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Transducers in Systems: Sensors and Actuators

In this article, Dr Tim Jackson discusses transducers in systems and explains Sensors and Actuators.

We’ll split this article into two sections – Sensors and Actuators.

All the while that we’re talking about sensors, let’s not forget that since transduction is all about generating one type of signal from another, for example electrical from mechanical, we can use similar devices in Energy Harvesting too. You could generate electricity from piezoelectric devices in your shoes!

Sensors and Big Data

We’ve been looking at sensing vibration to produce an electrical signal which can be amplified for sound reinforcement. It’s a small scale application and the amount of data generated is really rather small compared to some other, big applications. Sensors provide signals that contain information – data – and we want to think about what that means from a systems perspective.

A smart building

To do that, let’s think now about a much bigger scale application – a smart building. In doing so we can start to see connections between hardware and embedded computing and software and systems, and see why Computer Engineering is an integral part of Electrical and Electronic Engineering in the 21st Century.

You might already have an app on your phone that allows you to control the lights, the heating, air-conditioning in your home. You could think about this from a systems perspective, identifying the system processes that are taking place in the ways we did previously.

In order to do this, we need to think about the users of the building. Let’s say the building is a school. Obvious objectives for managing the building are to maximise use of the space, minimise the use of resources such as electricity and water and minimise the carbon footprint. The users are the learners and the teachers, so we could also use add an objective to use our building management as an opportunity to provide learning resources and examples that relate to the curriculum as well as to enhance levels of comfort in the building that could lead to improved student performance.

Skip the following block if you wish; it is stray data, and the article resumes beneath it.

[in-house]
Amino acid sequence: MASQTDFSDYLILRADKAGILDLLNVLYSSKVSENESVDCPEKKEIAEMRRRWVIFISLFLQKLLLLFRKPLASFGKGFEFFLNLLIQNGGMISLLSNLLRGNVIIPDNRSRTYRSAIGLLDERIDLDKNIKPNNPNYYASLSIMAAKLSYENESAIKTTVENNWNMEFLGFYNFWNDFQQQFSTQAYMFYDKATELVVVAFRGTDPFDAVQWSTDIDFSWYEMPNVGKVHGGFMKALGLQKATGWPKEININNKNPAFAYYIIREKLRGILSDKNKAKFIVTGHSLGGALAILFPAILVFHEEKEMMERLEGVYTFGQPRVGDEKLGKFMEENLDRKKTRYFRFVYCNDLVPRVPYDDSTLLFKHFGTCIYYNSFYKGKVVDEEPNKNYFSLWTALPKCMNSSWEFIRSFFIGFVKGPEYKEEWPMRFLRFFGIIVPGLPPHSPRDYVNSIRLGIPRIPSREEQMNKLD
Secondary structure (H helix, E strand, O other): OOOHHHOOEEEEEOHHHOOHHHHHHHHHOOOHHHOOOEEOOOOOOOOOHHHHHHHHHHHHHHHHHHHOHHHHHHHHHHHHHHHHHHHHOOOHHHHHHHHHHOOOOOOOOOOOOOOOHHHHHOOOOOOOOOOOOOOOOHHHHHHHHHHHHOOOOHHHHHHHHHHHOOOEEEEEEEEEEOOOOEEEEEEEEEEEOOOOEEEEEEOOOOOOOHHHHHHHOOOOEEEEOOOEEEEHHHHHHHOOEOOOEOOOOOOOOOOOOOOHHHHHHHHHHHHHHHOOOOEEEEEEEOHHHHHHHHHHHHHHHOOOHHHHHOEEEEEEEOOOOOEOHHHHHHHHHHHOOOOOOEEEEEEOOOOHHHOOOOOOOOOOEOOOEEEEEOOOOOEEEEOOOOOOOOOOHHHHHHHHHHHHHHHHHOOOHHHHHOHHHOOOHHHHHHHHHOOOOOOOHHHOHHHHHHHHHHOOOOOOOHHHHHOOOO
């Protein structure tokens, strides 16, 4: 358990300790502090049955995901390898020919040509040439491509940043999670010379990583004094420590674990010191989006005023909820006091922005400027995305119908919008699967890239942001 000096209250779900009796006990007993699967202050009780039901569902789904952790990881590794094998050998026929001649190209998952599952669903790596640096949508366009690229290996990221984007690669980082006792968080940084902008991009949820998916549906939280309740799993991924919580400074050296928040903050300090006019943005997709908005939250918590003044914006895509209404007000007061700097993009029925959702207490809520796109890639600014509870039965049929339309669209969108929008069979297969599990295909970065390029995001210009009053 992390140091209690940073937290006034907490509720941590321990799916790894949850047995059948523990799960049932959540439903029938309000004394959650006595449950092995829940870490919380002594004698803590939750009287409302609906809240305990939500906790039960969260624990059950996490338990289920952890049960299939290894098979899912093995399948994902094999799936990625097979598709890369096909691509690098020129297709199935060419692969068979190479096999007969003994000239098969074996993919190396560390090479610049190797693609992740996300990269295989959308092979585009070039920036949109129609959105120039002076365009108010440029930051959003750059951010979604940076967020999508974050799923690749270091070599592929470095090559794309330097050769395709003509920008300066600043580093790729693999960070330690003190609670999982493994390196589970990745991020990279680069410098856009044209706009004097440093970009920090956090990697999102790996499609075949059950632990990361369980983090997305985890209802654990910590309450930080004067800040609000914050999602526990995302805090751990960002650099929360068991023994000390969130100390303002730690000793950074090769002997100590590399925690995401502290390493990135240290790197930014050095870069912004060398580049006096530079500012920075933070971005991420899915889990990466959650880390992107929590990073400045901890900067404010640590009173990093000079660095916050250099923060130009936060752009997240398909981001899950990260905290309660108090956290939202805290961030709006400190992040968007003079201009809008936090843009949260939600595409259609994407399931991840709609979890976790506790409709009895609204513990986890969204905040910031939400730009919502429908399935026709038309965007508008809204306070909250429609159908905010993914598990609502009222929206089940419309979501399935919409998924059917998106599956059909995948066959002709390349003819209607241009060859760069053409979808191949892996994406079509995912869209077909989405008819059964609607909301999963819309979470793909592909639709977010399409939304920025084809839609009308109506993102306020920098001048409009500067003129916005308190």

From what physical quantities do we wish to generate data and what form do we wish to generate it in? We could monitor temperature, light levels, carbon dioxide levels, air flow, water flow and electricity consumed by lights, by heating, by individual items such as fridges, computer and laboratory equipment. We could have movement sensors to detect activity in rooms. We could measure building vibrations, the intensity of sunlight on the building.

Having decided what we want to measure, we could weigh up various types of sensor. We’re going to have to specify what form of signal we want it to produce. In our practical example for this week, the pick-up for the double bass, we want an analogue signal at a particular voltage level. In the building example, the transmission and processing and storage of the data require a different kind of signal. What kind of signals do we want, and why? You can consider answers to these questions in the next step of this week’s course.


How are we going to transmit the data to a central processing system? It could be analogue or digital data. It could be sent over cables or wirelessly. Which is most secure? What are the relative merits and drawbacks of each method?

We might want users to modify their behaviour so that they become part of the building management system. In that case, what real-time information do we want to display to users? How would we display it?

A large data set will be generated. What processing do we want to do? What information do we want? As Engineers we need to know how to extract information from a data set, how to determine the significance of changes and trends, how to set up the analysis tools that allow us to find the answers to questions and make decisions based on intelligent use of data. This brings statistics and data analysis tools into the realm of Electronic and Electrical Engineering.